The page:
With a population of about 16 million, Chad is an African country that most people know little about. N’Djamena is the country’s capital and biggest city, a home to over 1.6 million people. It was under French colonization at some point before gaining independence under the stewardship of Francois Tombalbaye. Although the country has been marred by civilian wars for the better parts of its history, it also has some positive aspects. Keep reading to find out the lesser-known Chad facts.
1. Chad Is One of the Biggest Countries in Africa
Gauging by land mass, Chad is the fifth largest country in Africa. It ranks only behind Algeria, the Democratic Republic of the Congo, Sudan, and Libya. Unfortunately, most of the country’s land mass (the northern part) lies in the Sahara, making it unsuitable for human habitation.
2. The Infamous Chadian-Libyan Battle Was Known as the “Toyota War”
The war between Libya and Chad in the 1980s is famous for all the wrong reasons. It was branded the “Toyota War” because Chad used many Toyota 4 X 4 vehicles to fight Libyan troops and other perceived enemies. Toyota is the only car brand that is named after a war.
3. Chad and Romania Flags Are Very Similar
The current Chad flag design has been in place since 1959. Interestingly, it has almost the same color sheds as its Romanian counterpart, which has existed since 1866. The only difference is Romania’s Flag uses cobalt blue instead of Chad’s Indigo. However, it is difficult to differentiate the two at first glance; this has been subject to international debate.
4. About 4,000 Elephants Were Killed in Chad in the 2000s
Estimates show that about 4,000 elephants were killed in the period between 2002 and 2010 in Chad. This constituted about 95% of the animals’ total population in the country’s Zakouma National Park. Chad sought help from a non-profit organization that helped restore and manage the situation; elephants and other wildlife are now thriving.
5. The Rhinos at the Zakouma National Park in Chad Are Dehorned to Deter Poachers
At one time, poachers in Chad hunted down most of the wildlife at Zakouma National Park in Chad. As a restoration measure, the authorities flew six rhinos from South Africa. They then dehorned and electronically tagged them to deter poachers. By the way, The Zakouma National Park is the closest “big five destination” to Europe.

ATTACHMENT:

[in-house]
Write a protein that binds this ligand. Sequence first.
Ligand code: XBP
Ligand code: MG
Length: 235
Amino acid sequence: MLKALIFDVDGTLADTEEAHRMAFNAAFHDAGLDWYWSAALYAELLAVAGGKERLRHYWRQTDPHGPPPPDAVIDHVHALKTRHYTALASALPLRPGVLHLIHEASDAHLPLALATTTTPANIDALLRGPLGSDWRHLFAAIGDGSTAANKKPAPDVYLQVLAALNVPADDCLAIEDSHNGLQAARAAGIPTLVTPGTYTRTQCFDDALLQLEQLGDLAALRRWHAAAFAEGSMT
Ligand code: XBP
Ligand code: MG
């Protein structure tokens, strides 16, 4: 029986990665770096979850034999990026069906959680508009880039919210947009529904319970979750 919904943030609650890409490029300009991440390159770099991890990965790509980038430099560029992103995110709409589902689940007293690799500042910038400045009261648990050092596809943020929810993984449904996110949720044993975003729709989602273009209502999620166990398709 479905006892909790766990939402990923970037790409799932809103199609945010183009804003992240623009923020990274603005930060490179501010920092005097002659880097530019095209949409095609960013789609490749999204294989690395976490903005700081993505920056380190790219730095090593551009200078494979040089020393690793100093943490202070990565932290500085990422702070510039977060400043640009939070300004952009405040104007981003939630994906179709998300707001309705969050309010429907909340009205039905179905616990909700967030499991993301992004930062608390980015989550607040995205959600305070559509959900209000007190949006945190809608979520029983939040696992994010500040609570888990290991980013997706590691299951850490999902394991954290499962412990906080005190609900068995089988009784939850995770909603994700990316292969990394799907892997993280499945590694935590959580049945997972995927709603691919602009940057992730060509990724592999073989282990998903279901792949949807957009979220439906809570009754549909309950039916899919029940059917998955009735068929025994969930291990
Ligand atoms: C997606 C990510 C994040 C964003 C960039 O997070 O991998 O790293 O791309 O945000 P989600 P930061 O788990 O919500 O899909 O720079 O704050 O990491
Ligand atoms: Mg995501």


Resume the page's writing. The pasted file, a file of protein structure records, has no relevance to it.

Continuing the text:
6. It Is Among the Poorest Countries
Although Chad is one of the biggest countries, it is among the poorest. The Human Development Index ranks it the seventh poorest nation in the world, with an astonishing 80% of its people living below the poverty line. Some factors that contributed to this include endless civil wars, corruption, and political interference.
7. The Southern Part of Chad Is Suitable for Agriculture
While the Sahara Desert eats up most of Chad’s northern part, the southern territory is fertile enough to accommodate agriculture. Natives cultivate millet, sorghum, and cotton, the country’s primary export.
8. Chad Helped The USA Steal A Soviet Helicopter from Libya
In 1988, the CIA, with the aid of Chad, managed to still an advanced Soviet attack helicopter from Libya undetected. Reports claim the USA paid Chad $2 million so its two MH-47 Chinook transport helicopters could fly in the cover of night and complete the mission.
9. Chad Impressively Won the Chadian-Libyan War
When the Chadian-Libyan war started, Libya thought it was an easy land grab mission. Chad didn’t have a substantial military budget (compared to Libya), so Libya thought it was an easy in-and-out assignment. To Libya’s dismay, Chad had invested in Toyota pickups and anti-tank missile launchers; Libyan troops were thoroughly beaten. In the end, Chad had captured about $2 billion worth of Libyan military equipment. The then Libyan president, Muammar Gaddafi, withdrew its military and never tried that move again.
10. Chad Is Known As the “Babel Tower of the World” Because of its Ethnic Diversity
Even though Arabic and French are Chad’s national languages, the country is home to over 200 ethnic and linguistic groups. It is one of the world’s most ethnically diverse nations, earning it the moniker “Babel Tower of the World,” a Biblical allusion.
11. It Is Home to Many Refugees
Currently, Chad hosts about 500,000 refugees from within and outside the country. Most of the migrants are from the neighboring Sudan and the Central African Republic, which are often marred by violence. The internally displaced persons (IDPs) are also a result of the insecurity, especially in the country’s eastern parts. It has the second-highest number of refugees per capita in Africa.
12. Lake Chad Is Badly Affected By Climate Change
Lake Chad is the country’s most prominent and reliable natural physical feature. For the longest time, people have relied on it for fishing and farming, and it is a water source for their animals. However, climate change has seen to it that about 90% of the lake has been lost, with the situation bound to worsen. Historical documents show that during the Holocene Epoch, possibly through to as recent as 7,000 years ago, Lake Chad stood at about 1,100 feet (335 meters) above sea level.
13. Chad Means Lake
“Chad” comes from the Kanuri language, meaning “lake.” Basically, the country Chad means lake, while Lake Chad translates to “lake lake.” Ironically, the majority of the country is covered by desert.